Splinter Cell: Blacklist Wii U Impressions
We go hands-on with the Wii U version of the stealth title
As the latest iteration of the stealth action series, Splinter Cell Blacklist arrived in stores mere weeks ago. We have spent extensive time with the game and thought it “Resurrects the stealth franchise,” as seen in our in-depth review of the game. However, we also had a chance to take a look at the Wii U version of the title and have noted the particulars of this version that are specific to the platform.
For those unfamiliar – the story goes something like this. America is under threat from a terrorist organisation known as the Engineers. The Engineers demand that America withdraw troops from across the globe immediately. If their request is not heeded, they will unleash catastrophic attacks on American civilians and infrastructure. This cryptic list of inevitable attacks is designated the Blacklist, and it functions as the backbone for the narrative. Since America does not negotiate with terrorists, their first action is to set up a secret task-force that can prevent Blacklist attacks. Sam Fisher, Anna Grímsdóttir (Grim) and several other key personnel form a counter-terrorism unit known as Fourth Echelon.
First off, the Wii U version of Blacklist does look great and on-par (and perhaps exceeding) the visuals of Xbox/PlayStation. The shadows are deep and sharp, character models and environments highly detailed, and on the whole this is probably one of the best looking games on the platform. However, these visuals do come with a price, particularly on the performance side of things.
The load times are rather extensive, and while that may be explained by the large sizes of levels, it’s still an annoying performance issue. Audio and dialogue are similarly well presented, but also suffer from occasional stuttering and drops. Depending on when these glitches occur, it can vary between immersion-breaking and only mildly inconvenient.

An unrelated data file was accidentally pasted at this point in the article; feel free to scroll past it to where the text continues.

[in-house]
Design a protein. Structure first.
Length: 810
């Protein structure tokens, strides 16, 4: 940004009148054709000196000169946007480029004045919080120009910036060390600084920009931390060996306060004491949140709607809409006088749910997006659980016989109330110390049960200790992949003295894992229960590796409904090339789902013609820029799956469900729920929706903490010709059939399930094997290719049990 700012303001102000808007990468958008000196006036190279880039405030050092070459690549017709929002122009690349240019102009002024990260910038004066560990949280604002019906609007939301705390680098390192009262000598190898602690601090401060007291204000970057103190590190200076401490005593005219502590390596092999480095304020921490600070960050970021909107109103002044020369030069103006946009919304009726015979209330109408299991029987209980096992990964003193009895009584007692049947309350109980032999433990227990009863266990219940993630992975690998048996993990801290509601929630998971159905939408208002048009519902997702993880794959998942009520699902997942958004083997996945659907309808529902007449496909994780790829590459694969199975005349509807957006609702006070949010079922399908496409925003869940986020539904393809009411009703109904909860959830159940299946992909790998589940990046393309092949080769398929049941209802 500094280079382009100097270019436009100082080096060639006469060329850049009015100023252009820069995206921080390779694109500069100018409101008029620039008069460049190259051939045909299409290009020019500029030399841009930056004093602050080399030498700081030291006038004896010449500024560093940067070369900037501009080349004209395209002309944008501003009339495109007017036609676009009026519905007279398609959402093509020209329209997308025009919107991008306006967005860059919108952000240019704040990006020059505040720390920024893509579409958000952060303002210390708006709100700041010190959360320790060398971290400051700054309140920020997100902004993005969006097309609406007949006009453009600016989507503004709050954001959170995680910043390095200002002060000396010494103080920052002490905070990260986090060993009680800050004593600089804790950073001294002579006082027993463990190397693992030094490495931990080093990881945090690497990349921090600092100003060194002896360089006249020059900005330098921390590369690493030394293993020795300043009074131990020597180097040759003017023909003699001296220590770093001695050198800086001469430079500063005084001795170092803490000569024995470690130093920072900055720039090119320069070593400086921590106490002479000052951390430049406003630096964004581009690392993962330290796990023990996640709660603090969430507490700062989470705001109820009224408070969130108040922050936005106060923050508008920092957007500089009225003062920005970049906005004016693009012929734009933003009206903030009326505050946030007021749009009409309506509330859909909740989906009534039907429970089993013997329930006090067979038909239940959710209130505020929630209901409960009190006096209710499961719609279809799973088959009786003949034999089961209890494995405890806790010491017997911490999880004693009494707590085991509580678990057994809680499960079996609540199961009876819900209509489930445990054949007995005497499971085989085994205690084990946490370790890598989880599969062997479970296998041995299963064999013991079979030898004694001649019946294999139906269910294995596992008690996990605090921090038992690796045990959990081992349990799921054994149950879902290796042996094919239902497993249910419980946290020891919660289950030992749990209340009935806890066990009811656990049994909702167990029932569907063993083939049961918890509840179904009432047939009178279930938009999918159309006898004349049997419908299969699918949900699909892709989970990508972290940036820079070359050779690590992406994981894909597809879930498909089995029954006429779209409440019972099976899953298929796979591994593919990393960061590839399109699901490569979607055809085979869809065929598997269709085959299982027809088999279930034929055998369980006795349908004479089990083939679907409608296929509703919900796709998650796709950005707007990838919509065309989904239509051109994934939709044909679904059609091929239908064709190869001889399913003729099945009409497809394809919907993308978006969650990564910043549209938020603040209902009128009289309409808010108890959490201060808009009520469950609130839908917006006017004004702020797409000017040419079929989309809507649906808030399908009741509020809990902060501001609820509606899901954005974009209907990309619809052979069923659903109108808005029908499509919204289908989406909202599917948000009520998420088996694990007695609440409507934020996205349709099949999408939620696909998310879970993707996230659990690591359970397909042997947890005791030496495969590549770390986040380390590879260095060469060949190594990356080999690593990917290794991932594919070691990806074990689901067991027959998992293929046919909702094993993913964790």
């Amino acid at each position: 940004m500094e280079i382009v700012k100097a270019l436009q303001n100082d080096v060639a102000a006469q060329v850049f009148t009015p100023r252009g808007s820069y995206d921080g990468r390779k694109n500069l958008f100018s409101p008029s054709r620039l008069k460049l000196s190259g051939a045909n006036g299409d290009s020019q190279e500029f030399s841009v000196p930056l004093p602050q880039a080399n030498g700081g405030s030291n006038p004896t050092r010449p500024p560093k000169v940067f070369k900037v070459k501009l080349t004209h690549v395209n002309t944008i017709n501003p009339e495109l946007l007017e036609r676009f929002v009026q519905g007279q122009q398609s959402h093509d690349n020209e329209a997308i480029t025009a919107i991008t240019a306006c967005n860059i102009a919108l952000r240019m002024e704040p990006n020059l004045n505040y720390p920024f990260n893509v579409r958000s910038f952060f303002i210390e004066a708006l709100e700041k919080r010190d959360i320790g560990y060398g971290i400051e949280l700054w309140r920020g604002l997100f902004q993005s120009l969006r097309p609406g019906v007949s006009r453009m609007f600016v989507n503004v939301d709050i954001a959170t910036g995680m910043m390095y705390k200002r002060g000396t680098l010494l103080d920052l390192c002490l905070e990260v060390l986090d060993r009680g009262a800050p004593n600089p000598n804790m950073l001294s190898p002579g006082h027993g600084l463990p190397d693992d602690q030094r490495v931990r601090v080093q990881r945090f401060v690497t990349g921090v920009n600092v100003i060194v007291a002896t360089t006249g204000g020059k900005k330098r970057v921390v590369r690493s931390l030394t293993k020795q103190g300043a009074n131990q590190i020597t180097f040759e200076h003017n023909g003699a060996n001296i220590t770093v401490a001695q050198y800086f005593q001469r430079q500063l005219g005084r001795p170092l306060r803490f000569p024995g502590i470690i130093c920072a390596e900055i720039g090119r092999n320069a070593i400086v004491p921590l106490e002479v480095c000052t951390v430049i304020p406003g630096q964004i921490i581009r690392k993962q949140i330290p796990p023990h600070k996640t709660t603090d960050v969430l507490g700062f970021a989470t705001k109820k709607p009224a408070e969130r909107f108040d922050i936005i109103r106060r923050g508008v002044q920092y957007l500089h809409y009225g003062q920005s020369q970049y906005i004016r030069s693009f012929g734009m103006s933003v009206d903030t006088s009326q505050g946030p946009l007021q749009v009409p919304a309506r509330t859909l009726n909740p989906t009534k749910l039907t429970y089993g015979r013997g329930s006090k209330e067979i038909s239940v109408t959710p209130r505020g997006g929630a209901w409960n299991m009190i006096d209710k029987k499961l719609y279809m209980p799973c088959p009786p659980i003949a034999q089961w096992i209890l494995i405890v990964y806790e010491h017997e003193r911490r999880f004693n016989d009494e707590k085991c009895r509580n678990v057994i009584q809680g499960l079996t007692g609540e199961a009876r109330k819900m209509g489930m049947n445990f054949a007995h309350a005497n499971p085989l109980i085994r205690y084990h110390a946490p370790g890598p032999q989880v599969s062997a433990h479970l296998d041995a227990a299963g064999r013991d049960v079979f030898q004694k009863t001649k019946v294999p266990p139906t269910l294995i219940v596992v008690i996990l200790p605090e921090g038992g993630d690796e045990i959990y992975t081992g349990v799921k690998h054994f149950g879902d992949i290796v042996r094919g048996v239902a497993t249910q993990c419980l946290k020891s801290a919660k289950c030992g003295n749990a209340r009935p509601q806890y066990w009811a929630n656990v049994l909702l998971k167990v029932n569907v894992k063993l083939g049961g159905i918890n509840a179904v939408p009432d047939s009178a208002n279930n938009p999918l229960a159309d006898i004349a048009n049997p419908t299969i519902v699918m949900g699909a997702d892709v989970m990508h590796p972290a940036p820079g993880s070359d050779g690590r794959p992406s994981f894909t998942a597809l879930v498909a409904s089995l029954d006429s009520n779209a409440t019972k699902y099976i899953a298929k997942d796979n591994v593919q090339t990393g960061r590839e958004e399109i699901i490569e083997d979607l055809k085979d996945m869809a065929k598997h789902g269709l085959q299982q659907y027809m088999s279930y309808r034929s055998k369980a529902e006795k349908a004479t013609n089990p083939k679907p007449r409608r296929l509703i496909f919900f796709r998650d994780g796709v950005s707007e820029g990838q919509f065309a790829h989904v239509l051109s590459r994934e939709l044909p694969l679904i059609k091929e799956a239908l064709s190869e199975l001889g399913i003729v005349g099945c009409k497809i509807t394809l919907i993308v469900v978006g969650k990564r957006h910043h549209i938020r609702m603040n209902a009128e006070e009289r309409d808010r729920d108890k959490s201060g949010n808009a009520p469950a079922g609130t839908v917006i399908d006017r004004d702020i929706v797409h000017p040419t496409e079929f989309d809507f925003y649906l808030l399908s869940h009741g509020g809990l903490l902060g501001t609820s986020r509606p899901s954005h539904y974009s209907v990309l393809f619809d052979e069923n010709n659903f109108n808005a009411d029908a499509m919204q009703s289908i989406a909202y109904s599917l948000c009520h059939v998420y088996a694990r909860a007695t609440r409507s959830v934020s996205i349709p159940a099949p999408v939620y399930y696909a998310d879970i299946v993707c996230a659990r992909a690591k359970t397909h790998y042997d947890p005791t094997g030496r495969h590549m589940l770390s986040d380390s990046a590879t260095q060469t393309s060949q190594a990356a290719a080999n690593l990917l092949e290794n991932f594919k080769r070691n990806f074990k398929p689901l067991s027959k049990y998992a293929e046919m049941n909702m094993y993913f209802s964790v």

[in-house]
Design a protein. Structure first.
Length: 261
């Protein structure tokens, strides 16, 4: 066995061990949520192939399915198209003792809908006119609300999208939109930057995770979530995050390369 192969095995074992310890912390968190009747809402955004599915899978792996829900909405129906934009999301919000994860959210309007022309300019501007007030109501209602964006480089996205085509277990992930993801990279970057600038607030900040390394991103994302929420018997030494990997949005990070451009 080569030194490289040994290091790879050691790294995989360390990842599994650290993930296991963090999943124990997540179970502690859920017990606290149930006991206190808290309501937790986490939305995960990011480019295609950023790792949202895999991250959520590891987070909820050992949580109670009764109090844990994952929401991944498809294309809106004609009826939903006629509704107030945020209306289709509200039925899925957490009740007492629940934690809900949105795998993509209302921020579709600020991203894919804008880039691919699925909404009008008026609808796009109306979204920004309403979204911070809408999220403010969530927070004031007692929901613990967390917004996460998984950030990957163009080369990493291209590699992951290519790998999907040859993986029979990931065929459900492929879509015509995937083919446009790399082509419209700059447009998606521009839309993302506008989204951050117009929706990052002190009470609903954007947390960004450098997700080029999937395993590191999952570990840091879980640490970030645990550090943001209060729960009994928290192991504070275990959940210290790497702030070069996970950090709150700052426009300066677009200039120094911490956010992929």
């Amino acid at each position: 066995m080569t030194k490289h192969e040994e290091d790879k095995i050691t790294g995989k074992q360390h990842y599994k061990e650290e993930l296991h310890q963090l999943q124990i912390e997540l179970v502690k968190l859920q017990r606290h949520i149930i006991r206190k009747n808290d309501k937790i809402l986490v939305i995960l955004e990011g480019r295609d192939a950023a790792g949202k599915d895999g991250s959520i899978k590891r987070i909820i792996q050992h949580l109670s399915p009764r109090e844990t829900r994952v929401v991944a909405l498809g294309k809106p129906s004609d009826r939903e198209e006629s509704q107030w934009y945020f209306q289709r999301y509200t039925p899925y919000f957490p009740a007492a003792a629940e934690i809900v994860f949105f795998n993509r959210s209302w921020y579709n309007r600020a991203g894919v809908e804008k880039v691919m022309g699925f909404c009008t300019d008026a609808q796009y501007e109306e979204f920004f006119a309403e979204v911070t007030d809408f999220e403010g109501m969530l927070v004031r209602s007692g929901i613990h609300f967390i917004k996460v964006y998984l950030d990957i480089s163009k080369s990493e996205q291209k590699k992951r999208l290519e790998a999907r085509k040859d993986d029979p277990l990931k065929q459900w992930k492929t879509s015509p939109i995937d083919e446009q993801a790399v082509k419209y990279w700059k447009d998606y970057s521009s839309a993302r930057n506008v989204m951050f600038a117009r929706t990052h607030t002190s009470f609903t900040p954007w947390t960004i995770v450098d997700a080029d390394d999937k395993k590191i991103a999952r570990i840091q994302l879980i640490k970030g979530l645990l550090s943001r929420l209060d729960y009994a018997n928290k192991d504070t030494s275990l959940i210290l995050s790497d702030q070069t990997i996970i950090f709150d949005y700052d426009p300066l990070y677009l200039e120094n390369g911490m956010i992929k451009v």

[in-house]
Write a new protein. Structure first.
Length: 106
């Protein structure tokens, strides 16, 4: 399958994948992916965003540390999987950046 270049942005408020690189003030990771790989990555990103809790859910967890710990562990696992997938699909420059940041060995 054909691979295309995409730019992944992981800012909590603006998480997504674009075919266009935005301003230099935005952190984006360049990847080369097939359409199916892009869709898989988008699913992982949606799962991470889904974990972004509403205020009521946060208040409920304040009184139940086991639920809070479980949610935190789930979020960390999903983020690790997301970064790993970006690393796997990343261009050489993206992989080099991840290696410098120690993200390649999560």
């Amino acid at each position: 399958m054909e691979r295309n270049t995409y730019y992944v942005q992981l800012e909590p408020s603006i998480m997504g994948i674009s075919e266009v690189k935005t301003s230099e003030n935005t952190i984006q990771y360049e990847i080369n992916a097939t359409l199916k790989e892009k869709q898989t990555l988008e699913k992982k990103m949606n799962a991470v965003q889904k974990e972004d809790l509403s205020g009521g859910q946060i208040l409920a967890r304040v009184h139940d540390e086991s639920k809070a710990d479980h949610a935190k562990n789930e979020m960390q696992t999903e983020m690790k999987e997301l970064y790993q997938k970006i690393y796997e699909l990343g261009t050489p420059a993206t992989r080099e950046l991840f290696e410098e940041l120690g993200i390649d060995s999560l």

While we are on the subject of issues, some of them also creep into the gameplay. Pun not intended, actually, as Sam sometimes has trouble getting into cover and remaining stealthy, whether that’s due to bad scripting or awkward positioning within the environment. Or sometimes, just plain buggy cover objects. Again these issues are rarely damaging to the overall experience, but crop up consistently enough to earn a mention.
On the subject of controls, which are of course the most prominent difference between the Wii U and other versions of the game, there’s not much to say. In this case, that’s a good thing. Working with menus is functional on the pad, perhaps more so than with a controller given the sheer amount of items to scroll though. For times when Sam uses one of his gadgets with a remote camera, the Gamepad acts as a tilt-controllable device to alter your view. Whether that’s looking under a door or using the drone, the motion control works well and flows with the overall control scheme. The whole game can actually be played on the tablet with motion controls, however given the demand for precision when trying to stealth, we found the motion controls best be turned off, except for gadgets.
Other notable differences are found in the multiplayer offerings. Unlike other versions, Wii U’s Blacklist lacks split screen cooperative modes, despite being potentially the best designed console to take advantage of such multiplayer. Thankfully, the Spies vs Mercs mode is present and playable online. Here, you can also find a few of previously-mentioned cooperative levels, though you have to take them on alone.
If you’re a fan of Splinter Cell and want to get more of Sam Fisher, Blacklist is certainly a welcome entry to the franchise. Those looking to get the game on the Wii U will also be treated to great visuals and a very workable control scheme, though at the risk of potential issues with performance and presentation. There may not be any standout features that make the Wii U version a definitive one; however Blacklist in itself is a great title so those picking up can’t go wrong on Nintendo’s platform.